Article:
npr:

People in Maryland love their Baltimore orioles — so much so that their major league baseball team bears the name of the migrating bird. Yet, by 2080, there may not be any orioles left in Maryland. They migrate each year and, according to a new report, could soon be forced to nest well north of the Mid-Atlantic state.

And the oriole is not alone. A seven-year study published Tuesday by the National Audubon Society warns that the migratory routes and habitats of more than half of the birds in North America are now or soon will be threatened by climate change.

More Than Half Of U.S. Bird Species Threatened By Climate Change

Photo credit: Universal Images Group via Getty Images
GIF credit: National Audubon Society

ayychee:

Home from vacation. 10 days. 3,300 miles. 26 breweries. Every second together, and I still want more. How is it possible to love someone so much? How can you want to be that close to anyone that often? I love touching him, listening to him, laughing with him, and being his. It’s a wonderful life.

Such love many heart

pandorasaurus:

I just finished rewatching Nicki Minaj’s Anaconda because girl is so fierce, but immediately become upset over the YouTube comments saying black women are sluts who should be sold back into slavery.

Don’t ever try to tell me that racism isn’t a factor in 2014.

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Why is it that people are willing to spend $20 on a bowl of pasta with sauce that they might actually be able to replicate pretty faithfully at home, yet they balk at the notion of a white-table cloth Thai restaurant, or a tacos that cost more than $3 each? Even in a city as “cosmopolitan” as New York, restaurant openings like Tamarind Tribeca (Indian) and Lotus of Siam (Thai) always seem to elicit this knee-jerk reaction from some diners who have decided that certain countries produce food that belongs in the “cheap eats” category—and it’s not allowed out. (Side note: How often do magazine lists of “cheap eats” double as rundowns of outer-borough ethnic foods?)

Yelp, Chowhound, and other restaurant sites are littered with comments like, “$5 for dumplings?? I’ll go to Flushing, thanks!” or “When I was backpacking in India this dish cost like five cents, only an idiot would pay that much!” Yet you never see complaints about the prices at Western restaurants framed in these terms, because it’s ingrained in people’s heads that these foods are somehow “worth” more. If we’re talking foie gras or chateaubriand, fair enough. But be real: You know damn well that rigatoni sorrentino is no more expensive to produce than a plate of duck laab, so to decry a pricey version as a ripoff is disingenuous. This question of perceived value is becoming increasingly troublesome as more non-native (read: white) chefs take on “ethnic” cuisines, and suddenly it’s okay to charge $14 for shu mai because hey, the chef is ELEVATING the cuisine.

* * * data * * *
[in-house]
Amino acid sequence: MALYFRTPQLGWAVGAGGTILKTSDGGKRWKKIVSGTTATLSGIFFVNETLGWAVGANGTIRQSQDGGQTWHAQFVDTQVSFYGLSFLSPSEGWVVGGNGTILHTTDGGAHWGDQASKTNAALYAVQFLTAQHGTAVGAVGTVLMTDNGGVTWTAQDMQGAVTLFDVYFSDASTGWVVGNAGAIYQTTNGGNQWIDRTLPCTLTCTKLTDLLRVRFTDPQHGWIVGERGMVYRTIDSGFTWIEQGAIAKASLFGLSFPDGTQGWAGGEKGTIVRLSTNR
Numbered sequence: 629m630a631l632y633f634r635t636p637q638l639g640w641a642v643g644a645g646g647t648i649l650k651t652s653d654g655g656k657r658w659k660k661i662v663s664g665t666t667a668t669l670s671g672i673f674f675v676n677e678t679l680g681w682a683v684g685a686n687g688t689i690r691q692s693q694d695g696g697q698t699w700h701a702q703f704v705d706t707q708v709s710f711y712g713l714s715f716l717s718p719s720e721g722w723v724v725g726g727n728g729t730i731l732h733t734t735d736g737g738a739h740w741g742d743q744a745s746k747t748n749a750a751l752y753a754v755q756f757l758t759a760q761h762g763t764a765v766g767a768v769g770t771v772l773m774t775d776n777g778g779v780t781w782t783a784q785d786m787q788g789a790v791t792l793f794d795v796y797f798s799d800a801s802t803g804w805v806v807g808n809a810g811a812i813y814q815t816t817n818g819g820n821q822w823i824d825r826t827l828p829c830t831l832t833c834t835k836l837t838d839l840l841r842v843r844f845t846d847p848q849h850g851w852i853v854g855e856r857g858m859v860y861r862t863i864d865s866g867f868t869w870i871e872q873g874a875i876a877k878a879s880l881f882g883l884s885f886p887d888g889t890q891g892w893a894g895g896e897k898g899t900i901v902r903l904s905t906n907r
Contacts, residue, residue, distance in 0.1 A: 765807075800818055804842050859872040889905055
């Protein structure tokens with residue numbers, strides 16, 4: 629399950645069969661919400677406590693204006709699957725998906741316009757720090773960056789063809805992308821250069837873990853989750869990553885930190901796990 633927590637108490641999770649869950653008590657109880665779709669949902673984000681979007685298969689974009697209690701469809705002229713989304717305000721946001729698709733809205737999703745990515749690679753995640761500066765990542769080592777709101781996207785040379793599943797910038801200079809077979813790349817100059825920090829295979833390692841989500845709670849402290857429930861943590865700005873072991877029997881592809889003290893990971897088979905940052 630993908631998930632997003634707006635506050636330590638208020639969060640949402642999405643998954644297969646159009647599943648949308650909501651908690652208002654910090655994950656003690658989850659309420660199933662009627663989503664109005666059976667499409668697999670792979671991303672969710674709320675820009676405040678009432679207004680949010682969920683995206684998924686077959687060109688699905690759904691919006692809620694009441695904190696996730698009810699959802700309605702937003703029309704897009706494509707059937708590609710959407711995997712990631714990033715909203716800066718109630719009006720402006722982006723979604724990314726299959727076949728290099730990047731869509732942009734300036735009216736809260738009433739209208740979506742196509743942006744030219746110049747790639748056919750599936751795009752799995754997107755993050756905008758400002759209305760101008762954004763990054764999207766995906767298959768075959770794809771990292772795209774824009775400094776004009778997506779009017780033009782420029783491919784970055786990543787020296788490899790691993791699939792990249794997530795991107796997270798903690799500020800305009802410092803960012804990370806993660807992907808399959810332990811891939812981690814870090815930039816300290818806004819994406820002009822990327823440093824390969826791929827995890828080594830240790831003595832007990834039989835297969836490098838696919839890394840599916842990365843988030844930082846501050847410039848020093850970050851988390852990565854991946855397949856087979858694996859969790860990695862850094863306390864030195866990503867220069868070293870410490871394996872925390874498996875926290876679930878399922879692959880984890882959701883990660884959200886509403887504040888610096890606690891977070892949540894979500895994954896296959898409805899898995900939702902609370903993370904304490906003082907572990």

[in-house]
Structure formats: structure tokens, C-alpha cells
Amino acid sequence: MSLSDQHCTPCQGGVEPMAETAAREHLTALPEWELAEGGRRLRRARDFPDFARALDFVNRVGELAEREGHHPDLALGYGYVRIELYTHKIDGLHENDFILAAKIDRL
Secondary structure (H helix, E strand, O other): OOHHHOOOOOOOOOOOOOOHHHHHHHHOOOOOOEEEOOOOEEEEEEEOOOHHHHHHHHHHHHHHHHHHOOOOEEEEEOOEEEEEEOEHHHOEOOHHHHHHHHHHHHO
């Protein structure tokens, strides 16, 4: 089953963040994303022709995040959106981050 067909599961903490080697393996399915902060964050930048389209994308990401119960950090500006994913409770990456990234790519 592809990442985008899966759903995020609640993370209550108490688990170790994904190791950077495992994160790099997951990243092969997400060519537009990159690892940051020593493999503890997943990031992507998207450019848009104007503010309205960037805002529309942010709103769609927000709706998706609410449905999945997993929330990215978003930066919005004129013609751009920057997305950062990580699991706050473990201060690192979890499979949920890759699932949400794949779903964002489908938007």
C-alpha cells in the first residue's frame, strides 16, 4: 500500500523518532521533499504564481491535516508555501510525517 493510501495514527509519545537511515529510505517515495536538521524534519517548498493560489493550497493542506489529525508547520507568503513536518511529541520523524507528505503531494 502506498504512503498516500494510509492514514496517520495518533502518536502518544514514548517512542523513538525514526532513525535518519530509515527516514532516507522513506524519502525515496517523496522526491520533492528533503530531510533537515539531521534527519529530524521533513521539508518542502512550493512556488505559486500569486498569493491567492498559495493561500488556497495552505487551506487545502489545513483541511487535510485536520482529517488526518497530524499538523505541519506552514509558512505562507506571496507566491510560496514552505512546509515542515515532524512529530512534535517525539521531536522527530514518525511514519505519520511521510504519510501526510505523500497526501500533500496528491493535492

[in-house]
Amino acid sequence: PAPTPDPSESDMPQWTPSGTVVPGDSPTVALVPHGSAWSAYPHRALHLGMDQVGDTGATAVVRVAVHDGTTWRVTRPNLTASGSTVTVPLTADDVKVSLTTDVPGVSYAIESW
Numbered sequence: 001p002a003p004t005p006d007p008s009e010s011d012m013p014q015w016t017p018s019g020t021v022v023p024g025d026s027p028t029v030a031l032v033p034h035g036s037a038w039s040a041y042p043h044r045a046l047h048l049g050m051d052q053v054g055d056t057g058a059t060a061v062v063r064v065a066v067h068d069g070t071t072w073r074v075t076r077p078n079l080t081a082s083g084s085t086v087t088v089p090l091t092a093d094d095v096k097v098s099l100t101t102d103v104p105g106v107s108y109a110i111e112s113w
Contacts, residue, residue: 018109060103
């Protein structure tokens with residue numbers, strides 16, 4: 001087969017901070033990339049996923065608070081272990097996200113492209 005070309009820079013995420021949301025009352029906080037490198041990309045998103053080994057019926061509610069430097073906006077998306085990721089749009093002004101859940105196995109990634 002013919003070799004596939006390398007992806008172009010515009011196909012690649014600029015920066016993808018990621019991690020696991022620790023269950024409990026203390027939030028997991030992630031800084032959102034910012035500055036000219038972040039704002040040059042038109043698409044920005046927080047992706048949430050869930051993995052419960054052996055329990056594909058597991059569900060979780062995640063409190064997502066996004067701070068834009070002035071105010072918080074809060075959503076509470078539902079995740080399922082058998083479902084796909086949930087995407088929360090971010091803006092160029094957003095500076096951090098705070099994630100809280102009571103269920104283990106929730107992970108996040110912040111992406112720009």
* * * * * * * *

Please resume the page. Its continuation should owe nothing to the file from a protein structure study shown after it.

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One of the entries from the list ‘20 Things Everyone Thinks About the Food World (But Nobody Will Say)’. (via crankyskirt)

GO THE FUCK OFFFF

(via thagal)

(via maniacwrangler)

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American exceptionalism — perhaps the most prominent of exceptionalist doctrines — is the idea that the U.S. is qualitatively different from and morally superior to the rest of the world, such that it should act and be treated according to its own special set of rules…

The U.S. government that admits it ‘tortured some folks’ doesn’t generally believe that torture is OK; instead, it made a few exceptions.

The U.S. government — and, I should add, the libertarian right — doesn’t generally believe that it’s OK to wiretap citizens without due process, to execute citizens abroad without due process, or to hold the accused indefinitely without due process; but again, with the right justifications and exigencies in play, they’ve made some exceptions…

The U.S. Constitution doesn’t generally suggest it’s OK to stop and frisk, let alone shoot citizens of any race or creed without reasonable suspicion and cause; but under the “right” circumstances, we make exceptions.

The objective is never to violate rights, compromise sacred principles and murder the innocent; the objective is.. rhetorically reinforcing the delusion that your moral superiority puts you above the laws and customs of everyone else.

We witness in Ferguson a microcosm of this logic, where agents of the state have turned the doctrine of exceptionalism on our own people to justify the suspension of basic civil rights. If basic civil rights dictate due process, black Americans are the exception. If basic civil rights dictate freedom of the press, those journalists arrested for doing their jobs are the exception. If basic civil rights dictate free expression and peaceable assembly, the crowds in Ferguson taking rubber-bullet flack and choking on clouds of tear gas are the exception. The problem with so many exceptions, however, is that they risk becoming the rule.

For this reason it’s crucial that we understand how this logic of exceptionalism works, whether in matters foreign or domestic. The logic of exceptionalism means that someone can always make an exception of you, or of the codes in place meant to protect you.

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This has always been America: Ferguson and our dangerous delusions on race and democracy

(via ayychee)